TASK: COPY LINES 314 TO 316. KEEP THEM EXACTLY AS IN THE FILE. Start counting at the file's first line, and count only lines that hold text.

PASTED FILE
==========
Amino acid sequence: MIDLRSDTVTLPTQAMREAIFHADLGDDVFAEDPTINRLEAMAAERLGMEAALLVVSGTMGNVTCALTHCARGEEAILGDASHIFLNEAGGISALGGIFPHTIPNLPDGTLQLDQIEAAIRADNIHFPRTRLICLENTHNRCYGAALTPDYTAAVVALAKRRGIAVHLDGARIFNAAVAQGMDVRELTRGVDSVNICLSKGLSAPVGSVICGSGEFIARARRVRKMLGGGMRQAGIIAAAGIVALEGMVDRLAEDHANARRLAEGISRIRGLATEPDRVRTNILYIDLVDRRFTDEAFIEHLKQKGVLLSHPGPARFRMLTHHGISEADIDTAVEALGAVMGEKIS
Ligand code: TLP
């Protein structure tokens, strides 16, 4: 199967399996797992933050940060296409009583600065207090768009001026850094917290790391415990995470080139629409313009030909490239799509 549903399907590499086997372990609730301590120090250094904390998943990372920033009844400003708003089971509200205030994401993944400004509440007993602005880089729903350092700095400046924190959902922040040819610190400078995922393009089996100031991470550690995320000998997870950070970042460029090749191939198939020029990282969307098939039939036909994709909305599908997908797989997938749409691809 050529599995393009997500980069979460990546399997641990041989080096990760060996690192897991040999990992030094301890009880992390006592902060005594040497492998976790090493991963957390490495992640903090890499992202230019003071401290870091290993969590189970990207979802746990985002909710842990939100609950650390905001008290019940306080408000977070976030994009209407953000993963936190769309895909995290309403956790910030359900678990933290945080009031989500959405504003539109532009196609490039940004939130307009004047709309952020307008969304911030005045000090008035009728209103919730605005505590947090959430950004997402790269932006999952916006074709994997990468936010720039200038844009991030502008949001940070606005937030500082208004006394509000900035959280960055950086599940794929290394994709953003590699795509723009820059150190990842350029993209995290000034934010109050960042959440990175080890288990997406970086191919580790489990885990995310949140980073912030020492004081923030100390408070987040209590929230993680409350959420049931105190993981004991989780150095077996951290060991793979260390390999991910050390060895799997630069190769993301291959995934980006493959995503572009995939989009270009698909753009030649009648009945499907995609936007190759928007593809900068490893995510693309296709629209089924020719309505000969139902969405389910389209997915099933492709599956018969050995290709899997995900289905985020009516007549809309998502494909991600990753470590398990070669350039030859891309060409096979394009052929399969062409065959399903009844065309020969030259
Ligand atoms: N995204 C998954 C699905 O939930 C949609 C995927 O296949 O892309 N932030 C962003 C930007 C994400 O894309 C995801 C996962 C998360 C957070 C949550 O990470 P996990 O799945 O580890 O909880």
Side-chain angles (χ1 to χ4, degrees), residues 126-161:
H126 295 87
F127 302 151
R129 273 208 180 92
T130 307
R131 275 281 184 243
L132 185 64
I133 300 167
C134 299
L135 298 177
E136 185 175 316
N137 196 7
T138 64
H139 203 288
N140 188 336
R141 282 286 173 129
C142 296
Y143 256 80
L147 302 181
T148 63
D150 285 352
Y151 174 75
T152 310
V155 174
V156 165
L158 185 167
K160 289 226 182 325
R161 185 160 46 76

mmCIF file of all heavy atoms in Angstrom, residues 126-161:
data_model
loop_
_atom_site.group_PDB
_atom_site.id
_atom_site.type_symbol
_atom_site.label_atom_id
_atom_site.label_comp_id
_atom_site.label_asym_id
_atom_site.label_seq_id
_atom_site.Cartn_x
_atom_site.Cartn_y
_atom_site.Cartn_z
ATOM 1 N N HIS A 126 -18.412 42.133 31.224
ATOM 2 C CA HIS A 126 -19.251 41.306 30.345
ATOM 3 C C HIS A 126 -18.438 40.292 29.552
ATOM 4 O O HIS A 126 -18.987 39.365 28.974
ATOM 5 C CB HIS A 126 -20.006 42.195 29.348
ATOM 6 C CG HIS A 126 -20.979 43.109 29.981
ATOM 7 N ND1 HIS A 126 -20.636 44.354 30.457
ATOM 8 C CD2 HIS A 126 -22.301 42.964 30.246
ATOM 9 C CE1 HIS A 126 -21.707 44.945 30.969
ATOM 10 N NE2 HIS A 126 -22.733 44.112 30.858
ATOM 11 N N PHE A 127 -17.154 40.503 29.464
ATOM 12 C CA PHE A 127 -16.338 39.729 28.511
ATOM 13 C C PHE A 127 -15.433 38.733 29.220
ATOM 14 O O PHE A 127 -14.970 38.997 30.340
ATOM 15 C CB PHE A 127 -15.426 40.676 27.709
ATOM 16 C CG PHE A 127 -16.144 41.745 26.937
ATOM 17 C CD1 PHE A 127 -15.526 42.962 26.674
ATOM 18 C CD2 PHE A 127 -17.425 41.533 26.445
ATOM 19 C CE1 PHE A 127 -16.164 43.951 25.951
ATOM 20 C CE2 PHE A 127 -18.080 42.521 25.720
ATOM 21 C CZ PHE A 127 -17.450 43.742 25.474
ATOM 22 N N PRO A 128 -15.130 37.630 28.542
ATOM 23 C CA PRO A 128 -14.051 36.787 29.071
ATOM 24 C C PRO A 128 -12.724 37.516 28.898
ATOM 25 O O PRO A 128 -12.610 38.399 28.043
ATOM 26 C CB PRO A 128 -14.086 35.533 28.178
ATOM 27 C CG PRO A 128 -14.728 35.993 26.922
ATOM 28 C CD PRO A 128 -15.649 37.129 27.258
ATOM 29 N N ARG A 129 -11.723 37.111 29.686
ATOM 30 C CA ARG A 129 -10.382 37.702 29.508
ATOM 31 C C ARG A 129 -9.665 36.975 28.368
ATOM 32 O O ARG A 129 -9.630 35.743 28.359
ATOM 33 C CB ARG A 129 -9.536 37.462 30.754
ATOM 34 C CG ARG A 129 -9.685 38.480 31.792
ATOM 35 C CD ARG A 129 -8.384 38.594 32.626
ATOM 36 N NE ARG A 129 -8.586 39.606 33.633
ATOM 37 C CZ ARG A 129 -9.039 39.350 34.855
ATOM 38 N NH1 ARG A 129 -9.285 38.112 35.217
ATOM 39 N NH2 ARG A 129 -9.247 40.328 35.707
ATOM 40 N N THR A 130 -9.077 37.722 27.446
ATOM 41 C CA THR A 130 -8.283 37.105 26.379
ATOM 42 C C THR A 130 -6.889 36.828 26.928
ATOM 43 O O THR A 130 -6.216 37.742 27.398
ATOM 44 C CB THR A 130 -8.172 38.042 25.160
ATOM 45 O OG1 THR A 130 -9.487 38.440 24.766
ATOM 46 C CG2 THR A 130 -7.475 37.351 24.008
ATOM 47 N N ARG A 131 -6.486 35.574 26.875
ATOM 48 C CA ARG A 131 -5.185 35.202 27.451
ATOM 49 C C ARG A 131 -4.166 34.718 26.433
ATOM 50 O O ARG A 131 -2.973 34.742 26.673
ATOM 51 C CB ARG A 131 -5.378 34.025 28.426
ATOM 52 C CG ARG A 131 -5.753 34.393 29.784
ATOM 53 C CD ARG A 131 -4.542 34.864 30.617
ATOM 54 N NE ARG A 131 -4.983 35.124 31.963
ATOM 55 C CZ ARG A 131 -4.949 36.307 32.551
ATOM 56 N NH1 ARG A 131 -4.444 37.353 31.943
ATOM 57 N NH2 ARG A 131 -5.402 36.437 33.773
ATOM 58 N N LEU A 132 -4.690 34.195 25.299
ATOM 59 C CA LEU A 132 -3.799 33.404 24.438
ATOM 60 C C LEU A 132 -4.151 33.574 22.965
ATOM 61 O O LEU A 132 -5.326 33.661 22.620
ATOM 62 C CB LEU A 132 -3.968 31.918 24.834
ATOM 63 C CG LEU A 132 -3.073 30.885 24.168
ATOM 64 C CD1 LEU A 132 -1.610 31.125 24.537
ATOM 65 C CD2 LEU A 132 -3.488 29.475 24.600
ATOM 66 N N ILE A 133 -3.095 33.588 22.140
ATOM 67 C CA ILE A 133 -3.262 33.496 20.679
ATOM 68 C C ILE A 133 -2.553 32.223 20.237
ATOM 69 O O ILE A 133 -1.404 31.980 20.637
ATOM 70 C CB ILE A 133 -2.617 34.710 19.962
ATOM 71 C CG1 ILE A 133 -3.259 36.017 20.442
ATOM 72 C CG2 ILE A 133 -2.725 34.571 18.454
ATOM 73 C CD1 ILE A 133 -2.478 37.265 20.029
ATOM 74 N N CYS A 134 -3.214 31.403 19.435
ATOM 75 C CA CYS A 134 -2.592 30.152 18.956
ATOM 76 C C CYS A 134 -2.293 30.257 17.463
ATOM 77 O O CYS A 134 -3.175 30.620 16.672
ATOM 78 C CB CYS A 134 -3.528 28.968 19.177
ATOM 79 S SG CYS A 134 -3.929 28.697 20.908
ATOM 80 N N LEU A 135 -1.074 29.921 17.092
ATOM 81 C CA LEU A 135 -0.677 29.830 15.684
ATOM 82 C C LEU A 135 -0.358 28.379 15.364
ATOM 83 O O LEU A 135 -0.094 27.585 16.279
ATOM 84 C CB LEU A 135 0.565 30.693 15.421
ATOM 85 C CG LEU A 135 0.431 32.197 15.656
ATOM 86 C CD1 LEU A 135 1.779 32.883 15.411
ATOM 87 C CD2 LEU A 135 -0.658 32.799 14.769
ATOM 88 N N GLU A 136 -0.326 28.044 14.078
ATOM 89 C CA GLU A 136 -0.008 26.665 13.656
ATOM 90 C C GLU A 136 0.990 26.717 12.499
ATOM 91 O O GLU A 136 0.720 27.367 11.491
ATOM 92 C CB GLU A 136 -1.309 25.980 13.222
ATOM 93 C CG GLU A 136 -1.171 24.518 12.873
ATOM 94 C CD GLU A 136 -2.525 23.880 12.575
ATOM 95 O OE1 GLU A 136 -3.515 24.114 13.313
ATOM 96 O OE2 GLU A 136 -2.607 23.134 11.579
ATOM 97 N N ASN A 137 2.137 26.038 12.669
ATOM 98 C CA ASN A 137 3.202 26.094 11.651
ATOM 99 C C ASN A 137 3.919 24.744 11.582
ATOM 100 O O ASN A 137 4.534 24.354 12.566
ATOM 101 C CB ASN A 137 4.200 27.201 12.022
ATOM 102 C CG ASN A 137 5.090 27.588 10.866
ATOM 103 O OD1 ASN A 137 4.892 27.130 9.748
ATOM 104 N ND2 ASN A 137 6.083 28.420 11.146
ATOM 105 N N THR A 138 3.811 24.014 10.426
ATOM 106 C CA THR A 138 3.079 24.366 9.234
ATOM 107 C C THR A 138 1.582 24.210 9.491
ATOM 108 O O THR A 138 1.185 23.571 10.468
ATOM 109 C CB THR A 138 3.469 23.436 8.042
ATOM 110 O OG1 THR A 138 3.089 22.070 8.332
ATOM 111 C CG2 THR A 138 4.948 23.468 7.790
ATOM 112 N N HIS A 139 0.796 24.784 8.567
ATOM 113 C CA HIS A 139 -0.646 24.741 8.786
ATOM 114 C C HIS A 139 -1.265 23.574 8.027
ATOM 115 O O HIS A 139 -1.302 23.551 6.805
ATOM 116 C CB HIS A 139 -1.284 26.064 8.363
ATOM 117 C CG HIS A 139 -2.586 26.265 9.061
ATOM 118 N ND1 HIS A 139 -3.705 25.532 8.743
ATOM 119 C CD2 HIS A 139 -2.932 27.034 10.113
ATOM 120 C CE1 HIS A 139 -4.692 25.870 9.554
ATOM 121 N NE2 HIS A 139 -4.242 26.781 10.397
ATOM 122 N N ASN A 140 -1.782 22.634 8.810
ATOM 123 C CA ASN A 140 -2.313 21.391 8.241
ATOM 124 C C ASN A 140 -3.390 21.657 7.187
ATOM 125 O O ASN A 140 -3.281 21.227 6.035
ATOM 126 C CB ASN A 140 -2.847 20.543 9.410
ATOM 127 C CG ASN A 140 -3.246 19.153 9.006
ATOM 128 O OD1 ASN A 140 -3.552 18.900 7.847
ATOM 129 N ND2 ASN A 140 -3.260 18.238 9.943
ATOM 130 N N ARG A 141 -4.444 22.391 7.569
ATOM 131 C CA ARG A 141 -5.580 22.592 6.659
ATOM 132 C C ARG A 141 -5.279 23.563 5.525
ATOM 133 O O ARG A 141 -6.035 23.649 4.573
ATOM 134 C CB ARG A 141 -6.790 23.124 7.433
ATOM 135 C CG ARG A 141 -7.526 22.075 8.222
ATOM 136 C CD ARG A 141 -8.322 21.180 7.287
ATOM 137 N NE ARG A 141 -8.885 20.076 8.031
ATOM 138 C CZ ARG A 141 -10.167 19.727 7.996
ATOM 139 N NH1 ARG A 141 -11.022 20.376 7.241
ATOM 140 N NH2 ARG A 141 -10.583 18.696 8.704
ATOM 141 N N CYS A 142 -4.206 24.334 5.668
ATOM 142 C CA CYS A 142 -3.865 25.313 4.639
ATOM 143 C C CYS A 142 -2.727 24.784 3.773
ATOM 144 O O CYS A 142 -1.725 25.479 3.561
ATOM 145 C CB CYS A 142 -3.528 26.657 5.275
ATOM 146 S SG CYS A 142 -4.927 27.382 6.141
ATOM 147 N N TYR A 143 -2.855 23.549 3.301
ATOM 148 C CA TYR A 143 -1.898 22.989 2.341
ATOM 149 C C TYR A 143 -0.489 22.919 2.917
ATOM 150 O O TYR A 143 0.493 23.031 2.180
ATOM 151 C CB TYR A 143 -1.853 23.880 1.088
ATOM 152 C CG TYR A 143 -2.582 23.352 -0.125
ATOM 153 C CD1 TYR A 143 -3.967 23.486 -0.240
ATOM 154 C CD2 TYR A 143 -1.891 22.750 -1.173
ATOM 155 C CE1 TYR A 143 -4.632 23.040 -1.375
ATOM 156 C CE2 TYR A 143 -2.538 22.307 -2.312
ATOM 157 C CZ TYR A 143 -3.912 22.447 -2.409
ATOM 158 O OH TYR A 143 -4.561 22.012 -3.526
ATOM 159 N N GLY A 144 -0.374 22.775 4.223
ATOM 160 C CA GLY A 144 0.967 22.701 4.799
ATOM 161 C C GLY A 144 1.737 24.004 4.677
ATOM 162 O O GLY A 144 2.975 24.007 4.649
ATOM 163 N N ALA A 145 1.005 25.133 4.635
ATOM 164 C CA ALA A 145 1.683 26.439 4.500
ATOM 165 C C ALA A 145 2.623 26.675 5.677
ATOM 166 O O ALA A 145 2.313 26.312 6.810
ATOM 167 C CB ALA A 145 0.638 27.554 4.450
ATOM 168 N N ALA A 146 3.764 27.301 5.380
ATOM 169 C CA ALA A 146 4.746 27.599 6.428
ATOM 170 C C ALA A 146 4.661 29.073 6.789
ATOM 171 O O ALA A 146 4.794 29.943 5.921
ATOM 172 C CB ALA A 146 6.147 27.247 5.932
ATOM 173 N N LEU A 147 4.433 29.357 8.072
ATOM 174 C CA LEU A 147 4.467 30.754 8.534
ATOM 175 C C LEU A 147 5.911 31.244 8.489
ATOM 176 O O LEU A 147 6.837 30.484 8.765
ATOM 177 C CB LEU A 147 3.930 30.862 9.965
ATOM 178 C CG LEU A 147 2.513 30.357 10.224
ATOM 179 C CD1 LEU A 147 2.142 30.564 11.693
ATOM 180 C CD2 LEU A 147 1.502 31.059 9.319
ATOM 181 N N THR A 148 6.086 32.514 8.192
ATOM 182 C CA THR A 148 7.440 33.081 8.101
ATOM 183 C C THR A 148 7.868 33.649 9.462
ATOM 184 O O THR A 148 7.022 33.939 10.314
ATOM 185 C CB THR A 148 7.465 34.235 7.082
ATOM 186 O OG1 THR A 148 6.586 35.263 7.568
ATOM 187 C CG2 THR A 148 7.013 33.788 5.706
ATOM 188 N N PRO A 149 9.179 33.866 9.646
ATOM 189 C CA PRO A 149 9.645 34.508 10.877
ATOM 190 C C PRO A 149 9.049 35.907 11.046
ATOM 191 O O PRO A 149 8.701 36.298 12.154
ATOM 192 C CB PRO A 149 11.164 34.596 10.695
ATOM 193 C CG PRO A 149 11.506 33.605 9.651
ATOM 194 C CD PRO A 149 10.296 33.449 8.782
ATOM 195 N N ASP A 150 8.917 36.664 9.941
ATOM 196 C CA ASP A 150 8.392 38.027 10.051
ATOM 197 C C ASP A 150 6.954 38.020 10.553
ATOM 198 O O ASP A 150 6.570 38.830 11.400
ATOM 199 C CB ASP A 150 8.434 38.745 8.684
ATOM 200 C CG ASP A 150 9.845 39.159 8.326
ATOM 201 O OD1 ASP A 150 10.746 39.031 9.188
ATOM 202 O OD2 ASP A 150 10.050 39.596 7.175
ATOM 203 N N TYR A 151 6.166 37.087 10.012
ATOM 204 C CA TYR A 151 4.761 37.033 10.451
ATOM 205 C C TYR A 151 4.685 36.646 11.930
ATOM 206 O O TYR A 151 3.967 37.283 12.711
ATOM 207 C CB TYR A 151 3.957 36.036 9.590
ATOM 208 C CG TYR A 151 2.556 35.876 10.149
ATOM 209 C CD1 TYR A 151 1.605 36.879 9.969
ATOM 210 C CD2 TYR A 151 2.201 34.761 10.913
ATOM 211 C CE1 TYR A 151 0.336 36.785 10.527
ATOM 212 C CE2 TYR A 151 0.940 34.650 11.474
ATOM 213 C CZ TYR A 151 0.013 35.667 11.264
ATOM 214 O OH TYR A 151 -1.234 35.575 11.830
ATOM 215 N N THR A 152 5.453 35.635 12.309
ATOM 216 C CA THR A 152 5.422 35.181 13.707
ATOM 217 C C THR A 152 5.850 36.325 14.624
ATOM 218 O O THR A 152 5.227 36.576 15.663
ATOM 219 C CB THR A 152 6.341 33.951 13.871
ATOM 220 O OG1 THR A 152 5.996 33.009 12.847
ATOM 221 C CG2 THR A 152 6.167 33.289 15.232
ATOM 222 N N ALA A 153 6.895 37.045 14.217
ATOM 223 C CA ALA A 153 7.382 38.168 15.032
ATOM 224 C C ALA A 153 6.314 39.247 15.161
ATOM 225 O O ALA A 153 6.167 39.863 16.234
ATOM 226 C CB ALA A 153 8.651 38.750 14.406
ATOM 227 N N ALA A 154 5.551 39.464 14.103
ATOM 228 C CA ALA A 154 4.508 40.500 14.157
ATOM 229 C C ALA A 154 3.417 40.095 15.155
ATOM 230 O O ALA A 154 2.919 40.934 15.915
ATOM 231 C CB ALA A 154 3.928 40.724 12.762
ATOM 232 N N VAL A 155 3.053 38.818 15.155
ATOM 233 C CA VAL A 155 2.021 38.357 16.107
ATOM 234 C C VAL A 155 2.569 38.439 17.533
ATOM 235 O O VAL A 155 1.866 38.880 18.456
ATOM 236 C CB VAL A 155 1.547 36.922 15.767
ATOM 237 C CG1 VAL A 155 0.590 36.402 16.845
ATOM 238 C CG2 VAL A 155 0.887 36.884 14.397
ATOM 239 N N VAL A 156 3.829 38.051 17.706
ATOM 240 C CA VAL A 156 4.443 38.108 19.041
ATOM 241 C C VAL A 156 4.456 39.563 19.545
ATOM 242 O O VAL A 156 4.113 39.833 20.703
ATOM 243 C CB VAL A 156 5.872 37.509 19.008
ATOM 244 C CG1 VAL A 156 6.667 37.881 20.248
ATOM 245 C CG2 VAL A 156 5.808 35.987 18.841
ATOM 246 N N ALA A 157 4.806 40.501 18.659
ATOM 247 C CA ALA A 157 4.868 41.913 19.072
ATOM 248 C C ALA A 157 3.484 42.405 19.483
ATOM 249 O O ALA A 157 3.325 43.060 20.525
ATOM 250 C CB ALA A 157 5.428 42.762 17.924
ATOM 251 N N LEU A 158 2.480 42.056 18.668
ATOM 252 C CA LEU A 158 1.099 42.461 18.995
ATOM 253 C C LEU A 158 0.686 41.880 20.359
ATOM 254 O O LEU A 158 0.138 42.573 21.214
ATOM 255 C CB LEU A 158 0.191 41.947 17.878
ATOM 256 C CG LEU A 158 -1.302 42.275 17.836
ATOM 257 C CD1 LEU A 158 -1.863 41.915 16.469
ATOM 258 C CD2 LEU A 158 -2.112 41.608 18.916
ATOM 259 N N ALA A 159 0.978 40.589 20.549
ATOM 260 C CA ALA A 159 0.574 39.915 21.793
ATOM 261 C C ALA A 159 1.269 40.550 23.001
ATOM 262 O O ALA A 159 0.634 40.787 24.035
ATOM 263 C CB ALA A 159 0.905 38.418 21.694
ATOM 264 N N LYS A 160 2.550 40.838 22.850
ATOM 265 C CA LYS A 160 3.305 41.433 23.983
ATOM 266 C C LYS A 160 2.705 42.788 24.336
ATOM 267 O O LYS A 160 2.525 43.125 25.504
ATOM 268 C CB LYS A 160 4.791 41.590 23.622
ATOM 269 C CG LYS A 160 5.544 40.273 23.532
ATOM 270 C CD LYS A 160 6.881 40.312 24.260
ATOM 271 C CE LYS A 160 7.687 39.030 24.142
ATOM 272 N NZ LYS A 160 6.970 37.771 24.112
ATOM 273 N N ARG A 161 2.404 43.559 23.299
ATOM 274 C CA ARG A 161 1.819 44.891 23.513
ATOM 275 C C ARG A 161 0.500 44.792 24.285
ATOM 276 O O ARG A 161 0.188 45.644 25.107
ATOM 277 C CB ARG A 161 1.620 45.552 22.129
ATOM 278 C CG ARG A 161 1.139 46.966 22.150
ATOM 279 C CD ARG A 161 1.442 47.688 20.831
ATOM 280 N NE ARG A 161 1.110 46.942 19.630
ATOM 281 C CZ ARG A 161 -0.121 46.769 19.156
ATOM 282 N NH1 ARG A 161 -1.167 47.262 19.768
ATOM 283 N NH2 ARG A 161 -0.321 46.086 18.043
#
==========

ATOM 269 C CG LYS A 160 5.544 40.273 23.532
ATOM 270 C CD LYS A 160 6.881 40.312 24.260
ATOM 271 C CE LYS A 160 7.687 39.030 24.142